10. Cognitive effects: Cognitive changes associated with Parkinson’s disease, such as memory and concentration problems, can lead to increased mental fatigue. It is known that the brain itself consumes a lot of energy under normal circumstances, so when one constantly has to search their memory to remember details in their daily life, it can also impact overall energy levels.

Of course, these difficulties can vary from person to person depending on individual factors. Nevertheless, it is certain that individuals with Parkinson’s disease must struggle more to have the necessary energy resources to lead their lives.

2 – The consequences of energy depletion on daily life

Reading through the 10 points above, one understands that managing energy becomes much more complicated for a person with Parkinson’s disease.
Tasks that are normally done effortlessly under normal circumstances become a real uphill battle.
Those unfamiliar with this issue sometimes struggle to comprehend, which can make the situation even more difficult and create tensions.

It’s interesting, at this point, to consider the impact of this loss and lack of energy on life:

1. Chronic fatigue: Daily tasks become mountains to climb, or even obstacles. This can lead to a sense of devaluation in the eyes of others, and resignation about one’s life.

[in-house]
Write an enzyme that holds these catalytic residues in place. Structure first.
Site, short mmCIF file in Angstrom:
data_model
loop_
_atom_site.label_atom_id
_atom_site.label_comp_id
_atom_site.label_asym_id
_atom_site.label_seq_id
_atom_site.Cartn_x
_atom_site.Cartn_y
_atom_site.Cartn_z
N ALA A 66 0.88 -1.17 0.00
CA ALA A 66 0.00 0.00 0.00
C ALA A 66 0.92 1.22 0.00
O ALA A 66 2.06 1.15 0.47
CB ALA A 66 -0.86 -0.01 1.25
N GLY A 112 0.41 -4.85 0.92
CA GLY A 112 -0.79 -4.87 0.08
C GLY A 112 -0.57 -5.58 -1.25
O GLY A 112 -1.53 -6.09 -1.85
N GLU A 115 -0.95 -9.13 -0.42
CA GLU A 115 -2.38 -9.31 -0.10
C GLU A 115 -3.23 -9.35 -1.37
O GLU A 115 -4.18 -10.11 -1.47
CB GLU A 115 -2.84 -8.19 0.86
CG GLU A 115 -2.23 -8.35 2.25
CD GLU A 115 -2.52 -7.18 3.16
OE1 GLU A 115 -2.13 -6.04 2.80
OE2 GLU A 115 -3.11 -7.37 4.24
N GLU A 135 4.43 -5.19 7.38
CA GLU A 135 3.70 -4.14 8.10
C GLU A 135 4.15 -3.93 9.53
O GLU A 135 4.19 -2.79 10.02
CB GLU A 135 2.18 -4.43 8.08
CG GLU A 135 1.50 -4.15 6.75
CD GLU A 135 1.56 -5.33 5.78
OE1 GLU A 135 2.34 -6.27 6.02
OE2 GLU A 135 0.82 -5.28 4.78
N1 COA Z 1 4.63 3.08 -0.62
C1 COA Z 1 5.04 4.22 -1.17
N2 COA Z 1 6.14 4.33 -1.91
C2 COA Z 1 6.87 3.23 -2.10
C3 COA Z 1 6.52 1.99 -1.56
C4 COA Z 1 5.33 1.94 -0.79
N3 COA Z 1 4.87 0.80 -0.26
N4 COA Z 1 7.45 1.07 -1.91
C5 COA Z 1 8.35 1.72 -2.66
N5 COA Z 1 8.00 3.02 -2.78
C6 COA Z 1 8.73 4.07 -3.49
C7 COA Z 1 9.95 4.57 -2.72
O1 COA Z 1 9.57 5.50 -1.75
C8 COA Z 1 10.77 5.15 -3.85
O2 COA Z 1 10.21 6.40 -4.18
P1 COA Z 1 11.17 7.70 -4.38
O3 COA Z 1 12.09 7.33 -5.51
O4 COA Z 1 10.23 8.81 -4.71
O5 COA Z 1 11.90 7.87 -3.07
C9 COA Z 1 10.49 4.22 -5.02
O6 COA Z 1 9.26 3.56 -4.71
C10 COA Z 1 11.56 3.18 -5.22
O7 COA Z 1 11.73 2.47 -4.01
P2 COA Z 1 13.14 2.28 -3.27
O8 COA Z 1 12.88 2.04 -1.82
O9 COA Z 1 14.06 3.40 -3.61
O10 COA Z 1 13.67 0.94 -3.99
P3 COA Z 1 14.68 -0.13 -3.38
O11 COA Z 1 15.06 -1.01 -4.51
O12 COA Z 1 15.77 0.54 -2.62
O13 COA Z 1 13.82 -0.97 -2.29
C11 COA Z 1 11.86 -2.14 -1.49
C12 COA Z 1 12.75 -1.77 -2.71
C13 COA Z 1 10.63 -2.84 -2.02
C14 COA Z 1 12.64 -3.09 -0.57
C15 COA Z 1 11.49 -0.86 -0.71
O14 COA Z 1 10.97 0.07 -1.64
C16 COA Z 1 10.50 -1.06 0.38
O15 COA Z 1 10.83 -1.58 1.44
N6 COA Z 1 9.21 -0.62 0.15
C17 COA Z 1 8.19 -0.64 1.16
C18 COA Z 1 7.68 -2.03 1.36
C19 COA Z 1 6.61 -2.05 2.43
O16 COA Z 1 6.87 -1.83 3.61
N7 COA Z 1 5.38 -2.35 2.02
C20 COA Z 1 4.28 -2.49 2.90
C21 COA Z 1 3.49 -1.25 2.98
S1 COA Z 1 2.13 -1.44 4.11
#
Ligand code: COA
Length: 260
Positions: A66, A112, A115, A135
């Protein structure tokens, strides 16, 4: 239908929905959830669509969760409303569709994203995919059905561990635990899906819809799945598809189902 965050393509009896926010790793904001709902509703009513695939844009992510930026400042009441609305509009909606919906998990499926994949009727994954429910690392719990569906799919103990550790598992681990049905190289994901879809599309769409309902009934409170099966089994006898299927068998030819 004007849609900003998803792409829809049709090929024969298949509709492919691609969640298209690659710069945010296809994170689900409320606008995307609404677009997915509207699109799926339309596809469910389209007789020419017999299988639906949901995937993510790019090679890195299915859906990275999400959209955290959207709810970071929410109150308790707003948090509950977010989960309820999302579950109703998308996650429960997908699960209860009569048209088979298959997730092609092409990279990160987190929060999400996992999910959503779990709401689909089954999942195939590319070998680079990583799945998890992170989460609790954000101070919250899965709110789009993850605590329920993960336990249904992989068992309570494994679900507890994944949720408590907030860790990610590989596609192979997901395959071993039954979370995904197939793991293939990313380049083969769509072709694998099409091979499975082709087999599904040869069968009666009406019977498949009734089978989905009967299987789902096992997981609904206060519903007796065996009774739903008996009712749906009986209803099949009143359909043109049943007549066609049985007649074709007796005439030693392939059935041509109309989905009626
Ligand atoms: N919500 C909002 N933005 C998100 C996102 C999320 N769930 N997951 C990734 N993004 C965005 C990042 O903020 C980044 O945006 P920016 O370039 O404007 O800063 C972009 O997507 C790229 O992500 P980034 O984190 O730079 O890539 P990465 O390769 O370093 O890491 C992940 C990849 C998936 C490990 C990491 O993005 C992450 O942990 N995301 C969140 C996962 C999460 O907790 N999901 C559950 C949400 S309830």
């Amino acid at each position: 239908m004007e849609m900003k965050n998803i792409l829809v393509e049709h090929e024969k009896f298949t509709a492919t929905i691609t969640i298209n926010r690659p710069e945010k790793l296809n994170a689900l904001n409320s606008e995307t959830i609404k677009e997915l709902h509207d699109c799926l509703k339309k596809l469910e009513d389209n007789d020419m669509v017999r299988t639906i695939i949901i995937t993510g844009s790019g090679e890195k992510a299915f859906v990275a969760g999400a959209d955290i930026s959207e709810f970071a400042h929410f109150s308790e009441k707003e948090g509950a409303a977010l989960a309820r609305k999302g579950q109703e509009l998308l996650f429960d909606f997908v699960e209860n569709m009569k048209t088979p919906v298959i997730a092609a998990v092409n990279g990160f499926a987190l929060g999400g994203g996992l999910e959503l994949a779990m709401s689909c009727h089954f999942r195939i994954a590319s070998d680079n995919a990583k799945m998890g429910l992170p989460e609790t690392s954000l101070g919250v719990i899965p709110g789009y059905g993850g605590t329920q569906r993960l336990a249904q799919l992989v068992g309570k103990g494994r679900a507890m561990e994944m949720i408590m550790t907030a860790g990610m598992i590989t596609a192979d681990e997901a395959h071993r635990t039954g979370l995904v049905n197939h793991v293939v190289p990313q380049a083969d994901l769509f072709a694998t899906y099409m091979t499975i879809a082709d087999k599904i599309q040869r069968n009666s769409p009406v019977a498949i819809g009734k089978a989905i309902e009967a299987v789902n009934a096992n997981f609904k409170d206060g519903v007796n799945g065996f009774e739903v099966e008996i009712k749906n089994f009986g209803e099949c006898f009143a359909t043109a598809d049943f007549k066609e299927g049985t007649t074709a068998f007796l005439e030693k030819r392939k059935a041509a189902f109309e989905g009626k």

2. Decrease in quality of life: The ability to participate in social activities or maintain favorite hobbies is limited. One no longer fully enjoys life.

3. Impact on autonomy: As energy is lacking, many daily tasks are left undone, leading to dependence on others. This lack of autonomy can undermine the sense of dignity and generate frustration, even anger.

4. Difficulties in social relationships: Social interactions become more exhausting and challenging, which can lead to social isolation. Likewise, connections with friends and family may deteriorate.

5. Increase in stress and anxiety: Stress and anxiety are linked to Parkinson’s disease due to the more complicated management of daily life; consequently, the lack of energy can amplify this stress and anxiety, creating a vicious circle.

6. Mood alterations: Unfortunately, emotional well-being is often impacted. When lacking energy, one is more easily irritable, and self-esteem decreases. The feeling of emotional well-being becomes scarce.

7. Difficulties in daily activities: Simple daily activities, such as getting up, washing, and dressing, become more difficult and time-consuming, leading to frustration and a loss of independence.

By clicking on the image below, you will see a very interesting video about L-Dopa and its functions:

3 – What can be done to better manage this loss of energy?

Even if some situations may seem challenging to change, we are convinced that every individual can tap into their own resources to establish a better connection with their body. Simple small changes in one’s daily routine can have pleasant reverberations in the body.

At AtremoPlus, we stand by your side to help you break free from a sense of resignation in order to regain ground. Some suggestions may seem obvious, but naming them can be a positive catalyst and encourage certain individuals.

Here are some tips and advice for better managing your energy capital: